The violence in Miss Lonelyhearts is visited on both men and women, but women get the worst of it. It’s not just that they are repeatedly objectified, although West makes that process explicit.21 Women are trivialized and victimized openly. The few critics who address the text’s violence toward women suggest that it is best understood as part of West’s devastating critique of how feelings are manufactured and received in a public sphere created and sustained by capitalism.22 But when we read Miss Lonelyhearts as a general critique of mass culture without analyzing the historically gendered parameters of the influential print genre it invokes, we risk becoming ourselves complicit in a literary tradition that elevates men at women’s expense—and insists on a gender binary that obscures more than it reveals.
By reserving its most intense animus for women who try to be literary, not simply those who give advice, Miss Lonelyhearts teaches a shocking lesson in the misogyny of US literary history. Perhaps the very obviousness of this phenomenon accounts for the way it has gone missing from critical commentaries.23 As Miss Lonelyhearts listens to a group of his friends gathered at a speakeasy, they discuss why and how women writers deserve to be raped. In this scene—which few critics acknowledge and none consider at length, although it appears in one of the few chapters West published separately, before the novella came out—the depth of the resentment expressed against women writers testifies to their relative power and visibility (West 1932). The passage is notable not so much because of the alarming details of the violence it enacts against women but rather because of the way it imagines and mocks multiple authorial positions for women—and the way Miss Lonelyhearts is positioned in relation to the violence incited by women’s literary work.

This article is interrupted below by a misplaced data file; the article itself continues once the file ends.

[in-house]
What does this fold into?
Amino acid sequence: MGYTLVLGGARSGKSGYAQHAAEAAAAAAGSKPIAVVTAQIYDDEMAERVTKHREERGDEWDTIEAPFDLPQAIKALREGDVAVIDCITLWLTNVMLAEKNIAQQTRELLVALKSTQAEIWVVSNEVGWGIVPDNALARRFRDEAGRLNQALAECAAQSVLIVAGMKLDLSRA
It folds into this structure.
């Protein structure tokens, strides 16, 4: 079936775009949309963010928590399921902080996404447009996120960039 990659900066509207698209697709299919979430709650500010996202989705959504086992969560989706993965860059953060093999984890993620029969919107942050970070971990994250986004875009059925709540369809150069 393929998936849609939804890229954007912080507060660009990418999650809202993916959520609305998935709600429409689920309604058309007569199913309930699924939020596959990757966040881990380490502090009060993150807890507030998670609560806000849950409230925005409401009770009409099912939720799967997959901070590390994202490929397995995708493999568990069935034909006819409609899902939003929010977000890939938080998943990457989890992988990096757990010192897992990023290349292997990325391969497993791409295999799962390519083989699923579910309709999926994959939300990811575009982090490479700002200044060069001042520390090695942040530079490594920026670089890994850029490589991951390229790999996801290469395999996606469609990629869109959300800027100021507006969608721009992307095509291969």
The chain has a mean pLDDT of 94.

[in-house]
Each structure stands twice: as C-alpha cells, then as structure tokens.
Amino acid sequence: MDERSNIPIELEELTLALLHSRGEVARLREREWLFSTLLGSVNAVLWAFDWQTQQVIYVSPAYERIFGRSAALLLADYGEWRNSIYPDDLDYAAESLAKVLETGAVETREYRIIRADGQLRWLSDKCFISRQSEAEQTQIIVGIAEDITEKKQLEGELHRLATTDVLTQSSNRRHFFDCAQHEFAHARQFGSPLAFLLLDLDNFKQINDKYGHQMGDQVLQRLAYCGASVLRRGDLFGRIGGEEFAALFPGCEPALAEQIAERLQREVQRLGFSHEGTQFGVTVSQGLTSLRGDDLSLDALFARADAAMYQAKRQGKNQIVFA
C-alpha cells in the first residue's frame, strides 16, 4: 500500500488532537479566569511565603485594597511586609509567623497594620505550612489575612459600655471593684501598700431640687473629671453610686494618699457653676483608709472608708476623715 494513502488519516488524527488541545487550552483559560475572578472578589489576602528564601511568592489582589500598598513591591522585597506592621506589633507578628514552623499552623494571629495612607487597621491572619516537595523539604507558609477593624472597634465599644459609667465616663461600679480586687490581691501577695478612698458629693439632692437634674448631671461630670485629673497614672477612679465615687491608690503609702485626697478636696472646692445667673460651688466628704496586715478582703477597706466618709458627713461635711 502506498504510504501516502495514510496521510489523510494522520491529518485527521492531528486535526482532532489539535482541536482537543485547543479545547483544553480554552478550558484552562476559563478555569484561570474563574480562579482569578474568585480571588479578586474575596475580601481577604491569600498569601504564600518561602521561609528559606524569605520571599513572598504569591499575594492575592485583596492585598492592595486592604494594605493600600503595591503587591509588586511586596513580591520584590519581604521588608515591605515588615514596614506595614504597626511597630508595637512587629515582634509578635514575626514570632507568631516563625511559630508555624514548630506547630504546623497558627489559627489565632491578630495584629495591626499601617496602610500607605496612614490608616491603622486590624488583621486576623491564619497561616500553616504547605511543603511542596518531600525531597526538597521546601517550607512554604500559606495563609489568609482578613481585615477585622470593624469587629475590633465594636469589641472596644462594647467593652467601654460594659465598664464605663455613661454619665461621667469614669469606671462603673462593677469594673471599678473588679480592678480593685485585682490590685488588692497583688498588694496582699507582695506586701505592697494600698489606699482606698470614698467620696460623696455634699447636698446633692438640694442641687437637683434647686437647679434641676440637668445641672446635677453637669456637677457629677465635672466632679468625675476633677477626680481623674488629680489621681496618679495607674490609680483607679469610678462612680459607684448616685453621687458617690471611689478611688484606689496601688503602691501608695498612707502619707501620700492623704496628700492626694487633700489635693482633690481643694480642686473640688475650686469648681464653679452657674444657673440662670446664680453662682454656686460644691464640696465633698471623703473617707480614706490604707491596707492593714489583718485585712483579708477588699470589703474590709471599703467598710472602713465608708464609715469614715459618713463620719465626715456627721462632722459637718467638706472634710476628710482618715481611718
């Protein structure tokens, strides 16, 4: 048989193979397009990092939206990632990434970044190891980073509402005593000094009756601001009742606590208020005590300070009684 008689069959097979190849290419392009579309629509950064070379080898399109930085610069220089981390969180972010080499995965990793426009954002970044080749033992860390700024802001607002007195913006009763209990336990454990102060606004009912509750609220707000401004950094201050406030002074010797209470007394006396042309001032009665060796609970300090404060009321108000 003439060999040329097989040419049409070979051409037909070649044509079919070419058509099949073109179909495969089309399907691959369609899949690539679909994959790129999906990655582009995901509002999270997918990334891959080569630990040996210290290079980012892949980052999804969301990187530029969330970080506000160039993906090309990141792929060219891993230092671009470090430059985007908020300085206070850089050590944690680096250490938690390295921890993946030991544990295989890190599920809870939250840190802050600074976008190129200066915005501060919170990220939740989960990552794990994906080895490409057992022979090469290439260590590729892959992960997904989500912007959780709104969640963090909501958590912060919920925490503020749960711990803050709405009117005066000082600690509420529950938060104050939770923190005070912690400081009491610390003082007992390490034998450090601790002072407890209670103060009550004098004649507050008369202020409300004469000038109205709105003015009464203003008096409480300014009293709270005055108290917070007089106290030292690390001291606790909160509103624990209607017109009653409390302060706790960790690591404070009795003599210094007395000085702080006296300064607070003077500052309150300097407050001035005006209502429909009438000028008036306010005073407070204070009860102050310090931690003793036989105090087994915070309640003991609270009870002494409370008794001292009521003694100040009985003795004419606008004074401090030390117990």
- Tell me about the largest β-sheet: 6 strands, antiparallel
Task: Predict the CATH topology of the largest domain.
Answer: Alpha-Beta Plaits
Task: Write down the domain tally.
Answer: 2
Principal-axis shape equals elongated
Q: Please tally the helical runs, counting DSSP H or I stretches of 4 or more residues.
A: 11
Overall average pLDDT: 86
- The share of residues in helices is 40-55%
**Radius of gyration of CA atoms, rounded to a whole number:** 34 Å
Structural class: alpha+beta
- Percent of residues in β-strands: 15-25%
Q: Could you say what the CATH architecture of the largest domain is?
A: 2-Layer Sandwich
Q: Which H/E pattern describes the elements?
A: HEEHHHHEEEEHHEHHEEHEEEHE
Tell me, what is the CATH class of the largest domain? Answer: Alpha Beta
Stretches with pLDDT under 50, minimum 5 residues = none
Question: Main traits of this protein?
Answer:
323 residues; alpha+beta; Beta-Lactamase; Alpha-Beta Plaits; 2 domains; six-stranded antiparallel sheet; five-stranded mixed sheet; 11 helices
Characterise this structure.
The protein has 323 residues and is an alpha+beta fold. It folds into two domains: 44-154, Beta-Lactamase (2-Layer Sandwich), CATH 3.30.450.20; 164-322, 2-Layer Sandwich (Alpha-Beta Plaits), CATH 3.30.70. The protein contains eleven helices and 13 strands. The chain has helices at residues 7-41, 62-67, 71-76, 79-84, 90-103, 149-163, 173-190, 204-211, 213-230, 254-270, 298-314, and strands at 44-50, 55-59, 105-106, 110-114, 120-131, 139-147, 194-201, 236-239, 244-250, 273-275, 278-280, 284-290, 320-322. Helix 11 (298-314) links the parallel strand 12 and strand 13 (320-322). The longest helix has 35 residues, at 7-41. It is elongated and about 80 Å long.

One of them was complaining about the number of female writers.
“And they’ve all got three names,” he said. “Mary Roberts Wilcox, Ella Wheeler Catheter, Ford Mary Rinehart . . . ”
Then some one started a train of stories by suggesting that what they all needed was a good rape.
“I knew a gal who was regular until she fell in with a group and went literary. She began writing for the little magazines about how much Beauty hurt her and ditched the boy friend who set up pins in a bowling alley. The guys on the block got sore and took her into the lots one night. About eight of them. They ganged her proper.” (West 1933, 13–14)